Histopathology figure of osteosarcoma from patient # 1.

Figure 1: Histopathology figure of osteosarcoma from patient # 1.

Patient #1: next-generation exome sequencing

Next-generation sequencing by FoundationOne identified four genomic aberrations: MET amplification, PIK3CA V344G mutation, CCNE1 amplification, and a loss of function mutation in PTPRD (S1845f*). Our institutional 46-gene panel confirmed the PIK3CA V344G mutation. Caris Target One gene profiling revealed positivity for TLE3 (2+, 80%), androgen receptor (1+, 60%), TS, RRM1, and PTEN. Further testing was negative for ERCC1, MGMT, TOPO1, ER/PR, and SPARC. FISH analysis revealed no amplification in Her2/neu or TOP2A. P1K3CA and BRAF were wild type by sequencing for hotspot alterations. Genetic testing results for Patient #1 are summarized in Table 1 and Table 2.

Table 1: Summary of molecular aberrations in genes, receptors, and pathways by various CLIA-certified methods for osteosarcoma Patient #1 and their targeted agents

Table 2: Complete molecular profiling analysis by various CLIA-certified methods for osteosarcoma Patient #1





Topoisomerase II alpha


~70–90% of tumor nuclei (higher percentage of nuclear expression in cellular foci and less in chondroid regions); 26 mitotic figures/10 hpf in cellular regions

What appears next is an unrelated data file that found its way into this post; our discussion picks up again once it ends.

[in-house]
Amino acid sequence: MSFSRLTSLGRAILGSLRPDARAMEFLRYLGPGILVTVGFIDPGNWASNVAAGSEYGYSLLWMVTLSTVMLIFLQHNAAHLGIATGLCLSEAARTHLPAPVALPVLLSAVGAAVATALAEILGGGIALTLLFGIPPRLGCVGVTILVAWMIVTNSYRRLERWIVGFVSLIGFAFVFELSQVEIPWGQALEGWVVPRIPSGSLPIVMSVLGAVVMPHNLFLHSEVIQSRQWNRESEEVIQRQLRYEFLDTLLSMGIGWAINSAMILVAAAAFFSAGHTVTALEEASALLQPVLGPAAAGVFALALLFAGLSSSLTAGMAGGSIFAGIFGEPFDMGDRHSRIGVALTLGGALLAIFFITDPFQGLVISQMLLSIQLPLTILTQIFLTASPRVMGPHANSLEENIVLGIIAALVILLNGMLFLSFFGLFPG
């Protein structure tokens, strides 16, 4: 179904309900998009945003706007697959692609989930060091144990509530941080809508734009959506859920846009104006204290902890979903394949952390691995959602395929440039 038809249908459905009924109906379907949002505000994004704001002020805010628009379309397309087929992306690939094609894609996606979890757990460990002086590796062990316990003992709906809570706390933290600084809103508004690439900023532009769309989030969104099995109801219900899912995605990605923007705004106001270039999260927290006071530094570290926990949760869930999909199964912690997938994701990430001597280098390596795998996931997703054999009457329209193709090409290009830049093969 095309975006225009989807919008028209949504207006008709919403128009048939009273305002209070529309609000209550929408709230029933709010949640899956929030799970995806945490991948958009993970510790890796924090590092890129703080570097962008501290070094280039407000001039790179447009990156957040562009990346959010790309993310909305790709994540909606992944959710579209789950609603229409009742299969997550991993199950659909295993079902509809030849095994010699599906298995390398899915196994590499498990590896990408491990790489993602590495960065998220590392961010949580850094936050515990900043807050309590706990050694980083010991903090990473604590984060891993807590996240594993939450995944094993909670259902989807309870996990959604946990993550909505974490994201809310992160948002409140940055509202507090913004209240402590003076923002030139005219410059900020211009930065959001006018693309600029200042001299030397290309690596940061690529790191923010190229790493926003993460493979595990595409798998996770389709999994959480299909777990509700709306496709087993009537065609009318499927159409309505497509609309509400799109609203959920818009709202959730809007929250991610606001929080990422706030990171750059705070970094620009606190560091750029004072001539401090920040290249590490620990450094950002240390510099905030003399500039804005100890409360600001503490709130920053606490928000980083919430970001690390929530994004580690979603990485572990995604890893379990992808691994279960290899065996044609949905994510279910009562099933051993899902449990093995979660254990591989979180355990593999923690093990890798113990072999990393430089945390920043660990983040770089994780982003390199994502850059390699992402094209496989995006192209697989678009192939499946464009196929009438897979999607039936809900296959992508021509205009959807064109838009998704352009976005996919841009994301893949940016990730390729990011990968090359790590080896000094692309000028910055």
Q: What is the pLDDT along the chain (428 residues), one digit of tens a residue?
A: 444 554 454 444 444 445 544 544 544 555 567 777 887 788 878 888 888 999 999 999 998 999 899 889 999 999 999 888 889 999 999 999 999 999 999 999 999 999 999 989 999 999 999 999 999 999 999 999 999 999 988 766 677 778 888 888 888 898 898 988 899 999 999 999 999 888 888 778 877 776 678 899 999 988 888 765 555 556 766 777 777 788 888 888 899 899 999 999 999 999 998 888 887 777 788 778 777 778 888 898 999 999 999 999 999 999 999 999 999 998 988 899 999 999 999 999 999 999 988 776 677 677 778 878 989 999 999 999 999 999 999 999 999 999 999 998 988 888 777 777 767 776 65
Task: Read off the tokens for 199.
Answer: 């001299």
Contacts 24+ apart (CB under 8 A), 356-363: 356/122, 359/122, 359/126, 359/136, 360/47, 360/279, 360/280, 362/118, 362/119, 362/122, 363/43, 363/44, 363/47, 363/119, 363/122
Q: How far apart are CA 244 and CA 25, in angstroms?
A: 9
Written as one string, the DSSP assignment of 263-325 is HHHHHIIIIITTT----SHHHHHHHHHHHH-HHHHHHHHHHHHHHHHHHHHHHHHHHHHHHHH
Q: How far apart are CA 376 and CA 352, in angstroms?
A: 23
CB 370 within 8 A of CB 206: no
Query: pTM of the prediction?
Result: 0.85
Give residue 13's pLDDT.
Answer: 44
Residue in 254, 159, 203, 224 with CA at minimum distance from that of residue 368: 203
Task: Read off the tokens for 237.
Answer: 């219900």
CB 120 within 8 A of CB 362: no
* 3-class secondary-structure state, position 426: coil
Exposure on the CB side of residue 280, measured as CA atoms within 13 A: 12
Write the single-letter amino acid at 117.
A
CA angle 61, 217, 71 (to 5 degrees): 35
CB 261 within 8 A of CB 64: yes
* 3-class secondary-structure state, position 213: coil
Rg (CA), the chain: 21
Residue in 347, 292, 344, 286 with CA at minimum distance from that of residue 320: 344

Facilitates S to G2 and M phase transitions



2+ in cytoplasm of tumor cells

Anti-apoptotic protein

Fatty acid synthase (FASN)


Highly expressed in cytoplasm (up to 3+)

Tumorigenic protein; correlates with propensity for pulmonary metastasis [62]

P38 mitogen-activated protein kinase (MAPK)


Expressed to varying degrees in tumor nuclei

Chemoresistance factor; phosphorylated on threonine180/tyrosine182

Excision repair cross complementation group1 (ERCC1)


Expressed to varying degrees in tumor nuclei

Chemoresistance factor; downstream effector of MAPK

Sirt1 (silent mating type information regulator 2 homolog), NAD+histone deacetylase


Expressed in 2–3+ in majority of tumor nuclei

Associated with upregulation in response to chemotherapy, mechanism of cancer resistance in human osteosarcoma [63]

Nuclear factor (NF)-kappaB


0–1/1+, nuclear/cytoplasm

Prosurvival protein, constitutively activated by virtue of expression with nuclear translocation of p-NF-kappaBp65(Ser536)

Signal transducer and activator of transcription (STAT)-3


0–3+ (majority positive), nuclear